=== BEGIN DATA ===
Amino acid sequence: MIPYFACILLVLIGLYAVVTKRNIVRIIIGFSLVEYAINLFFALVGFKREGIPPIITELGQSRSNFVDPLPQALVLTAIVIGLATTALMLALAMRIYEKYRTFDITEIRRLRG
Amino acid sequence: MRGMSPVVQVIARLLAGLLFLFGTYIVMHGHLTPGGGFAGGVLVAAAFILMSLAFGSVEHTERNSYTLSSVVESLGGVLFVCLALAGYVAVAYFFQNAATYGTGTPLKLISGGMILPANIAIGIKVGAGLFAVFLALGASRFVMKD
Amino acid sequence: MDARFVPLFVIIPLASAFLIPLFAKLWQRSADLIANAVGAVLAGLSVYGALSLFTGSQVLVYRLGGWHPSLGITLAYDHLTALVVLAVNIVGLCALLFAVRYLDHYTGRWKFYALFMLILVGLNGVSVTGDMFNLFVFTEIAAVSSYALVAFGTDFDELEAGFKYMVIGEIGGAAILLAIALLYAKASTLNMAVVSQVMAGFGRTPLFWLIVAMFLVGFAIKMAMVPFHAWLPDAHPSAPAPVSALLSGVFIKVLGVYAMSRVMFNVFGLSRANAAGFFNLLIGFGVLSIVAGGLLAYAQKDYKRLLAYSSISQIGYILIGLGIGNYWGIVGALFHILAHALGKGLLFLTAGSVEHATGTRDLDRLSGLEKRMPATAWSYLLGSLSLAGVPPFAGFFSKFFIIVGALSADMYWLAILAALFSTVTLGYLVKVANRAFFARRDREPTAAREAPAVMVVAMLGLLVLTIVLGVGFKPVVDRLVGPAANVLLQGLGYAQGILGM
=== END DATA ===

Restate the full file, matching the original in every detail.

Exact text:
Amino acid sequence: MIPYFACILLVLIGLYAVVTKRNIVRIIIGFSLVEYAINLFFALVGFKREGIPPIITELGQSRSNFVDPLPQALVLTAIVIGLATTALMLALAMRIYEKYRTFDITEIRRLRG
Amino acid sequence: MRGMSPVVQVIARLLAGLLFLFGTYIVMHGHLTPGGGFAGGVLVAAAFILMSLAFGSVEHTERNSYTLSSVVESLGGVLFVCLALAGYVAVAYFFQNAATYGTGTPLKLISGGMILPANIAIGIKVGAGLFAVFLALGASRFVMKD
Amino acid sequence: MDARFVPLFVIIPLASAFLIPLFAKLWQRSADLIANAVGAVLAGLSVYGALSLFTGSQVLVYRLGGWHPSLGITLAYDHLTALVVLAVNIVGLCALLFAVRYLDHYTGRWKFYALFMLILVGLNGVSVTGDMFNLFVFTEIAAVSSYALVAFGTDFDELEAGFKYMVIGEIGGAAILLAIALLYAKASTLNMAVVSQVMAGFGRTPLFWLIVAMFLVGFAIKMAMVPFHAWLPDAHPSAPAPVSALLSGVFIKVLGVYAMSRVMFNVFGLSRANAAGFFNLLIGFGVLSIVAGGLLAYAQKDYKRLLAYSSISQIGYILIGLGIGNYWGIVGALFHILAHALGKGLLFLTAGSVEHATGTRDLDRLSGLEKRMPATAWSYLLGSLSLAGVPPFAGFFSKFFIIVGALSADMYWLAILAALFSTVTLGYLVKVANRAFFARRDREPTAAREAPAVMVVAMLGLLVLTIVLGVGFKPVVDRLVGPAANVLLQGLGYAQGILGM